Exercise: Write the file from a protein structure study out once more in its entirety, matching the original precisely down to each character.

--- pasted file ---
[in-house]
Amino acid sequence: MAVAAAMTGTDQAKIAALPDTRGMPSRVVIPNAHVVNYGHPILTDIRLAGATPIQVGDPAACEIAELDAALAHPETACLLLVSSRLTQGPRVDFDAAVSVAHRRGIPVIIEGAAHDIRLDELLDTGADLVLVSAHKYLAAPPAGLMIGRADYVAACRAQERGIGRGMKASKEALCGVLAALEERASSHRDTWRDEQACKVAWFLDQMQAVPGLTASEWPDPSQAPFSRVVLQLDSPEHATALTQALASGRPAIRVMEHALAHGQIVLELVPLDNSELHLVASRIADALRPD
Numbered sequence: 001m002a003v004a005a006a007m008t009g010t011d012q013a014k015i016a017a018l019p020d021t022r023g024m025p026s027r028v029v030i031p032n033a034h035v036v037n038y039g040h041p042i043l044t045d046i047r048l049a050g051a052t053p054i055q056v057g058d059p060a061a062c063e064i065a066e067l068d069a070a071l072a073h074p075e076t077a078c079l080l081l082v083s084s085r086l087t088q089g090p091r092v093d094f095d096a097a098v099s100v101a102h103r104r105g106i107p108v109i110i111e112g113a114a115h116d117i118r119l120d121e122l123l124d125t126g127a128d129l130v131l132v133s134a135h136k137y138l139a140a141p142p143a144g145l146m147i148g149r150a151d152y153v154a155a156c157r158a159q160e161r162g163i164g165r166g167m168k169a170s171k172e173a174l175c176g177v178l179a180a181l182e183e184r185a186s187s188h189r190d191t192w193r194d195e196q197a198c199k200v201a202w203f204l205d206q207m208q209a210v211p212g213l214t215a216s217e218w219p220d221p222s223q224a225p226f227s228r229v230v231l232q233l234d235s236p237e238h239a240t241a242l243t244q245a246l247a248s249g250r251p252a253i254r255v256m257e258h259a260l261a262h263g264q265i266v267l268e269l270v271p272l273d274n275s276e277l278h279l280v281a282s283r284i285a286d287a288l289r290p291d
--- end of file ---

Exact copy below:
[in-house]
Amino acid sequence: MAVAAAMTGTDQAKIAALPDTRGMPSRVVIPNAHVVNYGHPILTDIRLAGATPIQVGDPAACEIAELDAALAHPETACLLLVSSRLTQGPRVDFDAAVSVAHRRGIPVIIEGAAHDIRLDELLDTGADLVLVSAHKYLAAPPAGLMIGRADYVAACRAQERGIGRGMKASKEALCGVLAALEERASSHRDTWRDEQACKVAWFLDQMQAVPGLTASEWPDPSQAPFSRVVLQLDSPEHATALTQALASGRPAIRVMEHALAHGQIVLELVPLDNSELHLVASRIADALRPD
Numbered sequence: 001m002a003v004a005a006a007m008t009g010t011d012q013a014k015i016a017a018l019p020d021t022r023g024m025p026s027r028v029v030i031p032n033a034h035v036v037n038y039g040h041p042i043l044t045d046i047r048l049a050g051a052t053p054i055q056v057g058d059p060a061a062c063e064i065a066e067l068d069a070a071l072a073h074p075e076t077a078c079l080l081l082v083s084s085r086l087t088q089g090p091r092v093d094f095d096a097a098v099s100v101a102h103r104r105g106i107p108v109i110i111e112g113a114a115h116d117i118r119l120d121e122l123l124d125t126g127a128d129l130v131l132v133s134a135h136k137y138l139a140a141p142p143a144g145l146m147i148g149r150a151d152y153v154a155a156c157r158a159q160e161r162g163i164g165r166g167m168k169a170s171k172e173a174l175c176g177v178l179a180a181l182e183e184r185a186s187s188h189r190d191t192w193r194d195e196q197a198c199k200v201a202w203f204l205d206q207m208q209a210v211p212g213l214t215a216s217e218w219p220d221p222s223q224a225p226f227s228r229v230v231l232q233l234d235s236p237e238h239a240t241a242l243t244q245a246l247a248s249g250r251p252a253i254r255v256m257e258h259a260l261a262h263g264q265i266v267l268e269l270v271p272l273d274n275s276e277l278h279l280v281a282s283r284i285a286d287a288l289r290p291d